Networking and Pitching to Agents
(Even When You’re Scared to Death)
“In a gentle way, you can shake the world.”
I have the world’s greatest critique group. Not only are the members super smart and talented, they are fun to be with. So why is it that every Thursday night I have to convince myself to get up and go to writers’ group? They don’t even care if I show up in my pajamas, so that can’t be it! The answer is, I’m a huge introvert. I love my down time, hidden in my room, not having to worry about socializing with anyone but Lizzy Bennet and Mr. Darcy, Katniss and Peeta, or my favorite characters of the week (which this week happen to be Anna and St. Clair!). If you’re an introvert like me, you know this feeling. Maybe that’s why we choose to be writers. We don’t get distracted by parties and events, and we’re fine staying home on a Friday night to type away. Writing appears to be a very on-your-own type of career.
Until you finish your novel and actually want to get noticed.
Susan Cain, author of Quiet: The Power of Introverts in a World That Can’t Stop Talking, had this same awakening after she finished her book. In an interview on Marie TV, Cain, a proclaimed introvert, said:
I spent seven years happily writing a book in splendid solitude and since then my life has been all about being public.”
I’m sure there are hundreds of writers out there who would love that type of a “problem,” but for those of us who walk into a room and look for the nearest exits and the quietest corners, it can be a scary thing. Especially when you’re at a con or writing event and you not only need to talk to perfect strangers, but you also have to get them to want to read YOUR book.
Never fear! Whether you are planning on pitching or just want to network confidently, we’re here with five great tips to keep in mind as you set out to your next con.
1. Listen to Me.
Many times, we look at our introverted personalities as a barrier, when actually they can be an advantage. One thing that introverts are usually great at is listening. Just because we’re quiet doesn’t mean we don’t know what’s going on. Listening to others—especially to an agent or presenter—can benefit your career greatly. Half the reason you’re at this particular con is to learn—so don’t be afraid to soak in all the advice you can. You’re sure to find great writing tips. Remember: Agents have hundreds of people who want to talk to them. When you take the time to listen to what the agents really want, you’re sure to be ahead when it comes to the pitching game.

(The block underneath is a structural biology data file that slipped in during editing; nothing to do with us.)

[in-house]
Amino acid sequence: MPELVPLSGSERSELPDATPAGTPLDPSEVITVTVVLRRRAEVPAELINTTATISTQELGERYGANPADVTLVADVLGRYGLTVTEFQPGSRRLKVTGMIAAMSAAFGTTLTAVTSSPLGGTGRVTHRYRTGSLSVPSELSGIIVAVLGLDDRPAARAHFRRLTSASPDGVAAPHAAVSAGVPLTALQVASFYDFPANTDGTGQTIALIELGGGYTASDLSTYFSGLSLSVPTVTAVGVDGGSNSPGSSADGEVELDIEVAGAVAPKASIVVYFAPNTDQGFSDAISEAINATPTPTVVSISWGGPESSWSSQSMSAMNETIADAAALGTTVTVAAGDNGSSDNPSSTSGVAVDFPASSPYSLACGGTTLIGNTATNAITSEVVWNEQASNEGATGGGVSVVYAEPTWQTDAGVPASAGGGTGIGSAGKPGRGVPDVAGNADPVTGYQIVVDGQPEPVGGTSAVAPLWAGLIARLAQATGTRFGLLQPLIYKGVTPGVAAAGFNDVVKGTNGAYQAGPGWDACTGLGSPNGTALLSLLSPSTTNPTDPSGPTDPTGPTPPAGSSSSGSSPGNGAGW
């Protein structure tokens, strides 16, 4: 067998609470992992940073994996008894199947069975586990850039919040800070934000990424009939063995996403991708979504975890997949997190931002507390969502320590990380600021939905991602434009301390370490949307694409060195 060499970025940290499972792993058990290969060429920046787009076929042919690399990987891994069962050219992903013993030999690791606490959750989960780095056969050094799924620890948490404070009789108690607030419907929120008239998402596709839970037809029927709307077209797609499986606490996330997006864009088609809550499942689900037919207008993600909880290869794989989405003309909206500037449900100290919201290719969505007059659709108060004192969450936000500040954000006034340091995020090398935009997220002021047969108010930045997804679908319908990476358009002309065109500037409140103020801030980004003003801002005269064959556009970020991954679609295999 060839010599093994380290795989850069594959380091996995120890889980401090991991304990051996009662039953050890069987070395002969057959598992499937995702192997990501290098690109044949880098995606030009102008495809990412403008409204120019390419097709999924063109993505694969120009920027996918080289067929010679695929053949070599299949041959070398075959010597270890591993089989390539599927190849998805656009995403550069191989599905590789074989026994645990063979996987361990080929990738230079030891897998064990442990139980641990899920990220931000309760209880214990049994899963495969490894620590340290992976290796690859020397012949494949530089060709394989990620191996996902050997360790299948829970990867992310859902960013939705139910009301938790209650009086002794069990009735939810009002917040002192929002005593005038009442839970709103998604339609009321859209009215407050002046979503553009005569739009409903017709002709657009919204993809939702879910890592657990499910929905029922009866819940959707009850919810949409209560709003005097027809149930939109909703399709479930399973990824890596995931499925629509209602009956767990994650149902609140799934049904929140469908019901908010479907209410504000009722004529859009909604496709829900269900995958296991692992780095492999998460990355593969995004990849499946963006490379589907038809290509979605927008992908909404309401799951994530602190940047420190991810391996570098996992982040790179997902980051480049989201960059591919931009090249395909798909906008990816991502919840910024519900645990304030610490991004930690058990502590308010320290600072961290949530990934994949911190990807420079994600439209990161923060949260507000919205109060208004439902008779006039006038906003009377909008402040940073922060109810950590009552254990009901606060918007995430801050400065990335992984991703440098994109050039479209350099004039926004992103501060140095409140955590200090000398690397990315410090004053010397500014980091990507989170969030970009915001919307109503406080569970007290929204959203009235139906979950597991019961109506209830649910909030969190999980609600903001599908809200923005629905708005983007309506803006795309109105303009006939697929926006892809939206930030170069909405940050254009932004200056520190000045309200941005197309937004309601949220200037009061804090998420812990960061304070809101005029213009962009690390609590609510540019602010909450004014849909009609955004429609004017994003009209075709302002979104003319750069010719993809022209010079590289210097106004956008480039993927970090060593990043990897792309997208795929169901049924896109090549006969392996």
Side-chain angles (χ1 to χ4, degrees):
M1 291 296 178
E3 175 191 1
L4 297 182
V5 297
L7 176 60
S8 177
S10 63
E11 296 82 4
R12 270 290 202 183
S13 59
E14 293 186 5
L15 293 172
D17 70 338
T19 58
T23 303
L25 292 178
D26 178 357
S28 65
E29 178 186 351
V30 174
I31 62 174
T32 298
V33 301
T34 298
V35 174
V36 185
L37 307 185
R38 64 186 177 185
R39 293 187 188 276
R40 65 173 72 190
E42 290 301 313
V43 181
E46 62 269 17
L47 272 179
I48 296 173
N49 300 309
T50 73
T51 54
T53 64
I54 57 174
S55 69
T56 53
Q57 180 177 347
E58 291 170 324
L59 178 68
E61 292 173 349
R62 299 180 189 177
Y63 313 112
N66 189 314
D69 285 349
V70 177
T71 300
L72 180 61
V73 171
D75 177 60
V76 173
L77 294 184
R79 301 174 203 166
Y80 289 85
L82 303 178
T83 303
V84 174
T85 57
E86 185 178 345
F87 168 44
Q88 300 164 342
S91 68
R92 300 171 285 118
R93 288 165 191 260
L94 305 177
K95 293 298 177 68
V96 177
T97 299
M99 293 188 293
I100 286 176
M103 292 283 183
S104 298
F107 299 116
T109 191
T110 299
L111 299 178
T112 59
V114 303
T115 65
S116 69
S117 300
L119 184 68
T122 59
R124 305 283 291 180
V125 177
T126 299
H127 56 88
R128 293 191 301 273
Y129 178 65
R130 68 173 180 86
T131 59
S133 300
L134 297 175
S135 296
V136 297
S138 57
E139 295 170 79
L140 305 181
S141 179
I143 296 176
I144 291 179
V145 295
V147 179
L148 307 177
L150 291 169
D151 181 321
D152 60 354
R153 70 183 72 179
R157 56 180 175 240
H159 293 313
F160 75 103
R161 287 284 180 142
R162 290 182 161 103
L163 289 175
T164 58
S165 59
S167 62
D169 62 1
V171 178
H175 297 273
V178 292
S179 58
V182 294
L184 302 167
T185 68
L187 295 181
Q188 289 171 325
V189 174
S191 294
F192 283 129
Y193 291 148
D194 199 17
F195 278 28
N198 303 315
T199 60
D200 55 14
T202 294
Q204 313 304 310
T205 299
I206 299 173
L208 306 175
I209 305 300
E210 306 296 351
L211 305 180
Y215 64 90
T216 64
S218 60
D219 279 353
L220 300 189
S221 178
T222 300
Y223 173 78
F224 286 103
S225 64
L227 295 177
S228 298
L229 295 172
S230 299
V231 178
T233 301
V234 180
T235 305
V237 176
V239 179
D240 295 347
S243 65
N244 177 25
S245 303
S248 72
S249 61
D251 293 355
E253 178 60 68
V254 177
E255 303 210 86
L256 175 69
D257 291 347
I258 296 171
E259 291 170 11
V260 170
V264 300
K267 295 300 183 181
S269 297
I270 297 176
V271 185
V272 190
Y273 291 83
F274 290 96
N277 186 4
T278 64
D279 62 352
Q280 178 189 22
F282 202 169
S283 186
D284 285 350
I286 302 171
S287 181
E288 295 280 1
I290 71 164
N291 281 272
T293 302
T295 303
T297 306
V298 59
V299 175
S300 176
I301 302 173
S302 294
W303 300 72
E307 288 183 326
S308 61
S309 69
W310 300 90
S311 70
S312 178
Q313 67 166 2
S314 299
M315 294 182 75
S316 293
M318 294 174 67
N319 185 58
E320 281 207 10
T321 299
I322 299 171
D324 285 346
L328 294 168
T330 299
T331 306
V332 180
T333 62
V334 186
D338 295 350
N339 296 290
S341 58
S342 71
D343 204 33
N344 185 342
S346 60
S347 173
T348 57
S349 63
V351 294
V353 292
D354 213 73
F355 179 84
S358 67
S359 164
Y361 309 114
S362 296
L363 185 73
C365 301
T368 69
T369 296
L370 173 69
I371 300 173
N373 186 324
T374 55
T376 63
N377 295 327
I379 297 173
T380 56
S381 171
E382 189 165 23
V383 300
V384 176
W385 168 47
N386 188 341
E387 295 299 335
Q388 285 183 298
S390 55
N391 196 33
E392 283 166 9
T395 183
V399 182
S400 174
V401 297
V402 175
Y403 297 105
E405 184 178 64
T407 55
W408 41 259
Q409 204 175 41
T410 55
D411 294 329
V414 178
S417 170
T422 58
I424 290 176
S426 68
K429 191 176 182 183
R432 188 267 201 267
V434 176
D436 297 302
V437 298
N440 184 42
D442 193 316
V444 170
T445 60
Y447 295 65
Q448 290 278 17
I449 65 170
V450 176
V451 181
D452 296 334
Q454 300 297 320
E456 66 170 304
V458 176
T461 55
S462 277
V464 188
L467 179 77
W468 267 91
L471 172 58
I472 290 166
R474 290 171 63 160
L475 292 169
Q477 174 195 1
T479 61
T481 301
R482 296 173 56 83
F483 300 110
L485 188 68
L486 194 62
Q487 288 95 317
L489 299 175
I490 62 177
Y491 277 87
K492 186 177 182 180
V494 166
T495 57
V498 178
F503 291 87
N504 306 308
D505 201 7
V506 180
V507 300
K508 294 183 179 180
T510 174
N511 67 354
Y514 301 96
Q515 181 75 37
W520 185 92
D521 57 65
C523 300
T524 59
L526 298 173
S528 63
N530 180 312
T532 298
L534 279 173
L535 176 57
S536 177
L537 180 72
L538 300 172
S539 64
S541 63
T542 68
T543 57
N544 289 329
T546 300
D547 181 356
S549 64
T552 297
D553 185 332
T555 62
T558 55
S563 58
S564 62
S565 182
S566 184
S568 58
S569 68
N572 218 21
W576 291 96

2. Pitch Perfect.
If you’ve been listening, you’ll know the right time to bring out your pitch. But when that right time arrives, what should you say? On the introduction page of her website, Cain says, “I like to think before I speak.” This is another great introvert trait. Use it. Nothing is worse than being put on the spot. Knowing what your book is about doesn’t count. Even if you’re the most extroverted person out there, when you’re standing in front of your dream agent, anxiety will kick in and it’ll be nearly impossible to sum up your book in one brilliant sentence. Think about what you’re going to say. Plan out exactly how you want to present your book and yourself before you even leave the house! If this sounds as daunting as actually having to share it with someone, check out this article on writing pitches by our in-house expert Elena Johnson.
3. Don’t Overdo It.
Depending on which convention you’re attending, you may have the opportunity to talk to several of the presenters and pitch to several agents. If this makes you want to go back to your room and crawl under the covers, then don’t force yourself to do it. Cain advocates having a quota system. Tell yourself you’re going to network with one, two, or three people. Pick a number you feel comfortable with and stick to it. Wouldn’t you rather give one really great pitch or have one meaningful conversation on improving your skills than stress about having to live through five or ten mediocre ones?
4. Agents: Big Bad Wolves or Fairy Godmothers?